Union of Treks II: The Motionless Sequel!

Union of Treks II: The Motionless Sequel!
Author: Silk, Silk@magpies.net

First Officer’s Log, Stardate 49001.1:
Commander William Riker commanding.
With the resignation of Wesley Crusher as Captain, Starfleet has reinstated me as Commander of the Enterprise.   The Captain’s seat remains vacant, but we are presently en route to Starbase #921 to receive the replacement Starfleet has ready.   We have no idea as to his identity.

*

“I hope our new Captain’s more competent than our last,” Riker said, seated in the center-seat.
“And just what was wrong with Wesley?” Beverly Crusher asked.   She had come aboard at their last stop to replace Doctor Pulavski, who had outlived her usefulness and viewer tolerance.
“Nothing,” Riker said defensively.   “I just think he received the position a bit prematurely.   Don’t look at me like that;   you’re the one who made him stand down.”
“The position was interfering with his studies,” Crusher said primly.
“Commander,” Wesley said from the Helm console, “we’re approaching Starbase #921.”
“Good.   Take us in.”

*

The Enterprise entered a slow orbit around Starbase #921.
“Commander Riker,” Worf said, “Starbase #921 is signaling their readiness to beam across our new Captain.”
Riker rose.   “All bridge officers, please accompany me to the transporter room.”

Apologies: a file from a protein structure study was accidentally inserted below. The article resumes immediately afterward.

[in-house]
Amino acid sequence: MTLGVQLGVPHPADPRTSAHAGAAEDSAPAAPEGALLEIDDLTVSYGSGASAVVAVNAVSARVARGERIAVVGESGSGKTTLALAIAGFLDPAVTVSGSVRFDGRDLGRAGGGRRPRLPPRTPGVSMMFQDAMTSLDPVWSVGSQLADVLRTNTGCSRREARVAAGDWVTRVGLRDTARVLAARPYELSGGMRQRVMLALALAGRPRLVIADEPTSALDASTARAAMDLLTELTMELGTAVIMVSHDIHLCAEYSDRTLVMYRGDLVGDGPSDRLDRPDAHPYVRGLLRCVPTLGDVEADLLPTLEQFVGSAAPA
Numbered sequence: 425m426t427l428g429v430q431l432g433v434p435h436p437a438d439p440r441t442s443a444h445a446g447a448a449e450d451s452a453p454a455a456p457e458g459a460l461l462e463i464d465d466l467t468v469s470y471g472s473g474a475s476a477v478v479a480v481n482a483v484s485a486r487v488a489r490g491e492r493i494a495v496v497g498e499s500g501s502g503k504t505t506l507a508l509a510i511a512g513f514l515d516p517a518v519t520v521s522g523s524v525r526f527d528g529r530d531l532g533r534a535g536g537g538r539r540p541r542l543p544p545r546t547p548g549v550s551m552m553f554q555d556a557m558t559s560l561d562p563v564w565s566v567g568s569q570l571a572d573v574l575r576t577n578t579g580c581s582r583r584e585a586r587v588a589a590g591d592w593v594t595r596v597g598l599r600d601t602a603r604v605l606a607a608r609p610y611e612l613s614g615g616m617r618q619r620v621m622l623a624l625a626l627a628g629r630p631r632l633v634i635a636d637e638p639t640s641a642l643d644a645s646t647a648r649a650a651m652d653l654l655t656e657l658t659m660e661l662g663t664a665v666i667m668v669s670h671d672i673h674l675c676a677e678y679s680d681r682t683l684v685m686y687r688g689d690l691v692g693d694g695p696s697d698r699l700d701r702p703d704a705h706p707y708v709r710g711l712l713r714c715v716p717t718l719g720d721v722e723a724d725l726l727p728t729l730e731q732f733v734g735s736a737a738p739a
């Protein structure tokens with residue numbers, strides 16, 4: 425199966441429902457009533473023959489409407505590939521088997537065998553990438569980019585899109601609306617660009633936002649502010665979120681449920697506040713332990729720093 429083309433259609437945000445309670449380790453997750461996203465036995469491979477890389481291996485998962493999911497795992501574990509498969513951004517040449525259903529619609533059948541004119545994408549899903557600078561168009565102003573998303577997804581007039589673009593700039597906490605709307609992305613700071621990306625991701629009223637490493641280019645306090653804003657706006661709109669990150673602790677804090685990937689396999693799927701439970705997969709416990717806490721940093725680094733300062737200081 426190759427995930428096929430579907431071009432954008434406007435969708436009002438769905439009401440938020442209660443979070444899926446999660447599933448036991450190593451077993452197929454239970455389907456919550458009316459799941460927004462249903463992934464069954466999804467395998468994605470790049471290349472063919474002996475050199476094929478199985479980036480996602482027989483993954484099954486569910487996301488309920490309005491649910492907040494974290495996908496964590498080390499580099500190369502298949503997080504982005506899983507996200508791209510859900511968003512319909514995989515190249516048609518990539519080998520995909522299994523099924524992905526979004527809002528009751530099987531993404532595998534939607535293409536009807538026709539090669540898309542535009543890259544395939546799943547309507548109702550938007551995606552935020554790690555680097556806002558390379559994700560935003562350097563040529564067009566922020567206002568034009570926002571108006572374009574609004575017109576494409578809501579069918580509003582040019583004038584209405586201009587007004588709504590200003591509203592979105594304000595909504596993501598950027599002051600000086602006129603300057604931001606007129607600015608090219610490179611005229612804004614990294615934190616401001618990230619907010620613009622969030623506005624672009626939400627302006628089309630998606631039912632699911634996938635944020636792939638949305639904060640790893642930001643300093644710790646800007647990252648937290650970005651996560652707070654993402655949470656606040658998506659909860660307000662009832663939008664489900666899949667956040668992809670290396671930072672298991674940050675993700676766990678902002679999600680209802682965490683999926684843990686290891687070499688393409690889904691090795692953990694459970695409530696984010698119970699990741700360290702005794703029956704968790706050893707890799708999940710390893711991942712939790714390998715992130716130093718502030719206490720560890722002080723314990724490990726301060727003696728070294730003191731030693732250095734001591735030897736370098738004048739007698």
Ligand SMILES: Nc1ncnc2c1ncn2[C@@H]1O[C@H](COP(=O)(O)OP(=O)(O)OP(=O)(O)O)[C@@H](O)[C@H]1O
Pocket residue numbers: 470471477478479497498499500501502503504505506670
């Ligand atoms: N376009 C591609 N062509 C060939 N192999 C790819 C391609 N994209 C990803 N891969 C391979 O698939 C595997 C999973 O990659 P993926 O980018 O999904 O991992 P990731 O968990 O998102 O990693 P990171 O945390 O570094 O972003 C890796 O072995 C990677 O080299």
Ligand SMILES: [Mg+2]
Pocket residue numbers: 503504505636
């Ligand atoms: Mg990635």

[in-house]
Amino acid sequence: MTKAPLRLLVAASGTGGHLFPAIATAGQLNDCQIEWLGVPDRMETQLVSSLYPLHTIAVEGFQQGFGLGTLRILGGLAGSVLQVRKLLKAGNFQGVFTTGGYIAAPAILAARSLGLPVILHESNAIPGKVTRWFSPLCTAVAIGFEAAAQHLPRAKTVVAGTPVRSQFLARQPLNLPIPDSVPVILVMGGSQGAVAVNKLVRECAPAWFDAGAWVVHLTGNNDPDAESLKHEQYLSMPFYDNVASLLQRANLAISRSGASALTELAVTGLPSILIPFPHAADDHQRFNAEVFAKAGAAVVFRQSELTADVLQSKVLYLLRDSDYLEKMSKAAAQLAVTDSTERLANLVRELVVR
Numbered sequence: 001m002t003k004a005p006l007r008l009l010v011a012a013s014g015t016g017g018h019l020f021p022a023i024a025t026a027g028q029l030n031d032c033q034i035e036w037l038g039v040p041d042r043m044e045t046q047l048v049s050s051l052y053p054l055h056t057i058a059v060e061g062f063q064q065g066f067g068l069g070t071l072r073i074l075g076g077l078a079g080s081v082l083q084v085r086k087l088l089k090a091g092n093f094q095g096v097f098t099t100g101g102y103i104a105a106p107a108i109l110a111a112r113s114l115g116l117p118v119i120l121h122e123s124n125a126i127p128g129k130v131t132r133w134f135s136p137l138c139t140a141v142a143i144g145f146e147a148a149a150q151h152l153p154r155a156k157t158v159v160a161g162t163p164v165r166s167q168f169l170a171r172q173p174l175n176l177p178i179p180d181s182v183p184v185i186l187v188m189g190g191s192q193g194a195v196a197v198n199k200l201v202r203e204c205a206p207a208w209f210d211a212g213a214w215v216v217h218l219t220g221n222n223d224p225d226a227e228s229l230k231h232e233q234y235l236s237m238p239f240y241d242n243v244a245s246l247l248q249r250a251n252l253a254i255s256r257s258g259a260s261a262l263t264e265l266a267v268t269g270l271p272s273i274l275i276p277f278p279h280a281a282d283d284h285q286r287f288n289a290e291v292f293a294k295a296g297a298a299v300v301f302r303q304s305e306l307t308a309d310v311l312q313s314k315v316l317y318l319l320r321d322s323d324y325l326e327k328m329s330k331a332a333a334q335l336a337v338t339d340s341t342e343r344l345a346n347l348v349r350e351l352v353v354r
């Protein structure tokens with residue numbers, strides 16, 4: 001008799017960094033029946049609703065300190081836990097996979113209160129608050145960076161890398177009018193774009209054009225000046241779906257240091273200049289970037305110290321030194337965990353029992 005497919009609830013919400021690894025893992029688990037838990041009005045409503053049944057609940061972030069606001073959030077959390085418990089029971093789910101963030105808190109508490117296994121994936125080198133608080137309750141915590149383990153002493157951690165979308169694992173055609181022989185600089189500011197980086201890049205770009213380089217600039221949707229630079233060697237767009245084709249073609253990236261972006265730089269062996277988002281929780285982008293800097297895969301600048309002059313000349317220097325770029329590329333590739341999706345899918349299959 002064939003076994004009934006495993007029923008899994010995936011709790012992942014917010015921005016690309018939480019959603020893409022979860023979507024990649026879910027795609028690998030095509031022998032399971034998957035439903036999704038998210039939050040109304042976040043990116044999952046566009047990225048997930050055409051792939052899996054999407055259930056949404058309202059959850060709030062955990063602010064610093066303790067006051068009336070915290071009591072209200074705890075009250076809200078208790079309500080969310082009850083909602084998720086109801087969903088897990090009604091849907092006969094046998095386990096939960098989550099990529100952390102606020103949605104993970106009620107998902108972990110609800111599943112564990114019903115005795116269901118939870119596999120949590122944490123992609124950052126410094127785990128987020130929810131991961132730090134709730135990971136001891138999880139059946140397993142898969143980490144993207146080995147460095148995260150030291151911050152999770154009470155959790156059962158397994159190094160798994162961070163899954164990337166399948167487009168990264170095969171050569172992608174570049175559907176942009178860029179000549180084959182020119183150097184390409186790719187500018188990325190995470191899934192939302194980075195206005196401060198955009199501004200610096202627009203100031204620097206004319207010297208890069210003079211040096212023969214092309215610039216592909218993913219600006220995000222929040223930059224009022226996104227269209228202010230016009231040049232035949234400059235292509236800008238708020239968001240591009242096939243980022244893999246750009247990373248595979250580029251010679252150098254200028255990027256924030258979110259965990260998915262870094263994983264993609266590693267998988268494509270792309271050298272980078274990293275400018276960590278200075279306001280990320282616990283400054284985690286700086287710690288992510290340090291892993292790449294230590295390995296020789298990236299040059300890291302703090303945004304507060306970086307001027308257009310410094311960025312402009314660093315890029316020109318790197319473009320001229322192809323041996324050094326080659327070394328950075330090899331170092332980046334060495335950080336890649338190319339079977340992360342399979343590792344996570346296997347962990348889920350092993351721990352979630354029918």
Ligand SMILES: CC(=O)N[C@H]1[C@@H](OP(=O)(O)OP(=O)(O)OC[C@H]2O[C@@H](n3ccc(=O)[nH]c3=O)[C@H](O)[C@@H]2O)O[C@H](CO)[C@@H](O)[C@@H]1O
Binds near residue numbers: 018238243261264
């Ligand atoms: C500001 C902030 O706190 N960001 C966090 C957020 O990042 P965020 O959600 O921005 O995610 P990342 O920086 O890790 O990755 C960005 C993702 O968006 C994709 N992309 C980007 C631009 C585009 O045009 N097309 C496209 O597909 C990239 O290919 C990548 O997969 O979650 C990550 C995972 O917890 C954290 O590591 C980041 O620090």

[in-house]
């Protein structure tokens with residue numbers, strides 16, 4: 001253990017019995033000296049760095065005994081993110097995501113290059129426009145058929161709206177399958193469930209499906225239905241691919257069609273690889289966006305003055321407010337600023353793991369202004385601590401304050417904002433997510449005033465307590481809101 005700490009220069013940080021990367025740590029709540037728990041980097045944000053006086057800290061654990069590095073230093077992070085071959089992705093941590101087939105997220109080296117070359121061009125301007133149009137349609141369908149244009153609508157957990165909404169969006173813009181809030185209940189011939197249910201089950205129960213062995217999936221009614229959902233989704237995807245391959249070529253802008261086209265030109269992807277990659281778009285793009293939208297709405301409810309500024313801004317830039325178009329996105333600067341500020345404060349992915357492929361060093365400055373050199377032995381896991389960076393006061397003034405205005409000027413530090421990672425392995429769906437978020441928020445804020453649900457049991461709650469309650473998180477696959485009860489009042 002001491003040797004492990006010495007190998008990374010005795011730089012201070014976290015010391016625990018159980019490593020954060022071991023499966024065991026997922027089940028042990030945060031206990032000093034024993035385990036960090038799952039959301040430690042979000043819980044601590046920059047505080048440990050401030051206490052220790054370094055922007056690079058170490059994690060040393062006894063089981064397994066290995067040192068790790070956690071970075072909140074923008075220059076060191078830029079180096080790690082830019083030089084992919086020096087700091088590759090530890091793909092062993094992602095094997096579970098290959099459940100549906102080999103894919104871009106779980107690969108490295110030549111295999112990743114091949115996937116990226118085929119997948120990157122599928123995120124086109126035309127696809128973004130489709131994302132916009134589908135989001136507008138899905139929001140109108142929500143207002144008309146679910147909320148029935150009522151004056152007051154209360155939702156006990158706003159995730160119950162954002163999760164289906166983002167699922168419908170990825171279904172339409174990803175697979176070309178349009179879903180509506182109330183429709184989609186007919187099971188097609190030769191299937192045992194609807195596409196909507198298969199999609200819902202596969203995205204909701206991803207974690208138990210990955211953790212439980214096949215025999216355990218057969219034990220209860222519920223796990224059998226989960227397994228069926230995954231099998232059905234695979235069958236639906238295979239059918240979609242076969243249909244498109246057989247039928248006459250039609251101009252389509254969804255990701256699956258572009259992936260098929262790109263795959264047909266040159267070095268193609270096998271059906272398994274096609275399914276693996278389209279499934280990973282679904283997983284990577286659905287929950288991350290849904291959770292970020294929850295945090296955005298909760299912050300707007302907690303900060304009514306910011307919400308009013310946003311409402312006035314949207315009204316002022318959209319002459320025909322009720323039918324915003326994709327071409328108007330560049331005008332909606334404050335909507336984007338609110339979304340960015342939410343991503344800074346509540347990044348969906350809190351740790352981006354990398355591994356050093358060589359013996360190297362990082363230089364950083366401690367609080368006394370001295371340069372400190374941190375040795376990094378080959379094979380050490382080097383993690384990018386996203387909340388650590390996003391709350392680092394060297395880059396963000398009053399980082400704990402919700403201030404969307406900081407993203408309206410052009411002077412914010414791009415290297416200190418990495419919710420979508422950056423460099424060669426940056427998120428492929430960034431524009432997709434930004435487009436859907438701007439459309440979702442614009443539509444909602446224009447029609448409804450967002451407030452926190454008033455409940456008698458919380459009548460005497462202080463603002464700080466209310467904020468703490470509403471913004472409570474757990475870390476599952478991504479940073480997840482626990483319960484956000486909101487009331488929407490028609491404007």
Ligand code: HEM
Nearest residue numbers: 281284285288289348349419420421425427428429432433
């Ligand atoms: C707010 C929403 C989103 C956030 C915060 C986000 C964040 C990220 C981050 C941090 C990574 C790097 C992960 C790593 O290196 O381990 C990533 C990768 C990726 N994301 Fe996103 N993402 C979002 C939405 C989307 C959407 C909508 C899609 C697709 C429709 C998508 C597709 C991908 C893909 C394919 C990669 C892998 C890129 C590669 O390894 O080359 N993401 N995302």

Hardly a minute later, they were lined up before the transporter pads.   “Energize,” Riker said.
“Not until I get a line,” Chief O’Brien protested.
“You just had it.”
“Oh.   Shit.   What a waste.   – Energizing.”
A tall figure in brown robes materialized.   Inexplicably, it was Mr. Spock!
“Mr. Spock!” Riker said, with proper astonishment.   “Am I to take it you’re to be our new Captain?”
“No, Commander,” Spock said serenely, “but Starfleet has instructed me to oversee that your new Captain takes command of this ship as smoothly as possible.” He stepped down from the transporter pad.   “Energize, please, Transporter Chief.”
Another figure materialized, this one shorter.   Like Spock, he wore brown robes and a hood pulled low down over his face.
“It’s Obi Wan Kenobi!” Wesley exclaimed excitedly.
“Don’t be silly, boy,” the familiarly gruff voice of the short robed figure replied.   He pulled down his hood dramatically to reveal the familiar gleam of that head.
“Why it’s-” Crusher began.
“It’s-” Troi said.
“It’s-” Worf said.
Riker was the first to regain his composure.   “It’s Captain Stubing from The Love Boat!” he said.
“I am NOT Captain Stubing!”
“Well you could be if you didn’t shout so much,” Riker pointed out.
“It’s me!   Jean-Luc Picard!” Picard reminded them sternly.
“Sorry, sir,” Riker apologized sheepishly.
“I should hope you are!”
“What happened?   You retired.   Why have you come back?”
A distant look appeared in Picard’s eyes.   “I missed it, Number One.   The exhilaration of space, the thrill of exploring the unknown, of seeking out new life-forms, of love, so exciting and new.” He stepped down from the transporter pads.   “Once young Wesley resigned, I applied for the position.”